Apart from because they can, the need to raise page ranking in search engines gives rise to the need to create a lot of links to a web page so the search engine thinks that page is important. From WordPress’s page on Combatting Comment Spam FAQ.

Because they can. Let’s take the can away from comment spam.

I painstakenly deleted the comment spam — all 48 of them. Then I tried one of wordpress’s tips. I clicked “An administrator must always approve a comment” box and my e-mail inbox was soon full of spam comments to delete.

I didn’t realize spammers were clogging up blogs until now. Upon doing some researching I found that the explosion of blog spam is a besetting problem for the blog industry.

A splog is a “spam blog”, a blog that copies content from other blogs without permission (though there might be a link back), using that content as if it was their own. It’s a little more complex than that, as some mix and match content from many blogs, or mix and match content from different posts into one post. The key to identifying a splog is that the content is not their own, and typically there is no original content to be found.
Splogs tend to have content unrelated to the title and reported purpose of the blog. They also may use content taken from other blogs and stuff their own keywords into the post, promoting whatever they are selling like ringtones, porn sites, drugs, dating, casinos, etc.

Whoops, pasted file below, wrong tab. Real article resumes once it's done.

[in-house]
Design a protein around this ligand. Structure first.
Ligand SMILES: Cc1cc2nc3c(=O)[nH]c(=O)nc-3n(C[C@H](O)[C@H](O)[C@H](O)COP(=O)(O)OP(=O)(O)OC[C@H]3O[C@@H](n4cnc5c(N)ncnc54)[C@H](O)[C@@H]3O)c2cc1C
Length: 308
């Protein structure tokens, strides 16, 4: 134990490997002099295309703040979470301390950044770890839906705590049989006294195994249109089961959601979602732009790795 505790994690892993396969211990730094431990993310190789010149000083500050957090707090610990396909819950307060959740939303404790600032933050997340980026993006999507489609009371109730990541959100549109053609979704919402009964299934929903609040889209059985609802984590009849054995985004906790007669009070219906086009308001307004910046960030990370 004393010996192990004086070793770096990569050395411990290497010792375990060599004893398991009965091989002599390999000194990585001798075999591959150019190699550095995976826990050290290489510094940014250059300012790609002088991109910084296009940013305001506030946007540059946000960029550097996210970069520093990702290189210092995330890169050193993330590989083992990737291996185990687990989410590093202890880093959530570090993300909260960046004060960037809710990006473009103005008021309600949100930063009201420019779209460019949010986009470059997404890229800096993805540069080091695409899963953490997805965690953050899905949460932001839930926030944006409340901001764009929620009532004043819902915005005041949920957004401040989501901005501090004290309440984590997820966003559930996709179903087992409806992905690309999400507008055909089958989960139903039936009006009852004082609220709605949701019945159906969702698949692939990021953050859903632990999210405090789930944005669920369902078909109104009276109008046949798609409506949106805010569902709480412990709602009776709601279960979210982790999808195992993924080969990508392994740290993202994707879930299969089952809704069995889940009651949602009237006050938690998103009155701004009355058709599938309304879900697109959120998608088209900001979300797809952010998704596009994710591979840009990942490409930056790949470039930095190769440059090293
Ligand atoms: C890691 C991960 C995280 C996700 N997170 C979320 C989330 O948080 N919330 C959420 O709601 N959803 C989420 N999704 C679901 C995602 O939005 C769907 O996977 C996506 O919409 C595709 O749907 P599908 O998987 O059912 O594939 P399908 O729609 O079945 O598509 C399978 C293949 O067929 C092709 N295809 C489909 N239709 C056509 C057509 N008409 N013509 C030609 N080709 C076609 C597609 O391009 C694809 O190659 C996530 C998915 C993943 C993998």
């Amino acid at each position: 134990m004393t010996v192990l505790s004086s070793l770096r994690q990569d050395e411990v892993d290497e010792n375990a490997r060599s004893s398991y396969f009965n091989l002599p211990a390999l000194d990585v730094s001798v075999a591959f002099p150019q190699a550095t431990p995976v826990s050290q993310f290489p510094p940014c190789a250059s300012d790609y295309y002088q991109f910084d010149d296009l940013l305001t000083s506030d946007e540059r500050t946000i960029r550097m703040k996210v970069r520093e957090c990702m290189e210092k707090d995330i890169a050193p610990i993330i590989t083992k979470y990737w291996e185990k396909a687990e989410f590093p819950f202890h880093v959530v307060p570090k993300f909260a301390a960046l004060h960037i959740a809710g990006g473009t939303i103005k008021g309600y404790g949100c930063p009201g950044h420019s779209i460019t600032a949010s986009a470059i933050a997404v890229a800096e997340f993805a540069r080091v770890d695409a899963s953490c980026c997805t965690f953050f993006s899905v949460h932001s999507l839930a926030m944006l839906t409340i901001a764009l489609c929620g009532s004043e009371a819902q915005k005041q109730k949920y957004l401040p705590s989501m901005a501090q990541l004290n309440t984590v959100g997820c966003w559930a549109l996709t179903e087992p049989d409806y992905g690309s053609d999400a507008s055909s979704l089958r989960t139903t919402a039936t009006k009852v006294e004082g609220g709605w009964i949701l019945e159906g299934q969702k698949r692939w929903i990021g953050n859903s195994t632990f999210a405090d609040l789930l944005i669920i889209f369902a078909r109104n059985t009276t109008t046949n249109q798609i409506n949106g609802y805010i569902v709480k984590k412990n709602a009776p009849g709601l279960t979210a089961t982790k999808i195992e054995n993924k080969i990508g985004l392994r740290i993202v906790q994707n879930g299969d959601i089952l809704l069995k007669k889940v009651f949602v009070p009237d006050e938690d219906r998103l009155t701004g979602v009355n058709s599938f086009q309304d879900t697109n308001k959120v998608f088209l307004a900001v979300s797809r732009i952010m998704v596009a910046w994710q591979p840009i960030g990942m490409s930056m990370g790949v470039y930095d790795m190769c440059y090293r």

For the most part, it is easy to spot a splog, but much harder to get it shut down. Reporting Spam Blogs – Splogs « Lorelle on WordPress

Here’s to reducing the can from comment spam!

Are you smarter than a fiction writer?

The answer may surprise you.

Tess Gerritsen, one of my favorite thriller writers, has this to say:

Do you have to be smart to write fiction?

Recently I was asked to contribute my thoughts about this topic, for an upcoming book about creativity and intelligence. And I’ve come to the conclusion that the answer is no, you don’t have to be smart – not if by “smart”, you’re referring to the sort of intelligence that’s usually measured by IQ tests. I know a number of doctors and engineers. These are classicaly “smart” people – the straight-A crowd who dazzled their classmates in college and graduate school. They’d probably ace a Mensa qualifying exam. They excel in logic, they’re up on current events, and they know all the nuances of grammar. They know how to spell. Every so often, one of them will write a novel, and beg that I take a peek at their first chapter.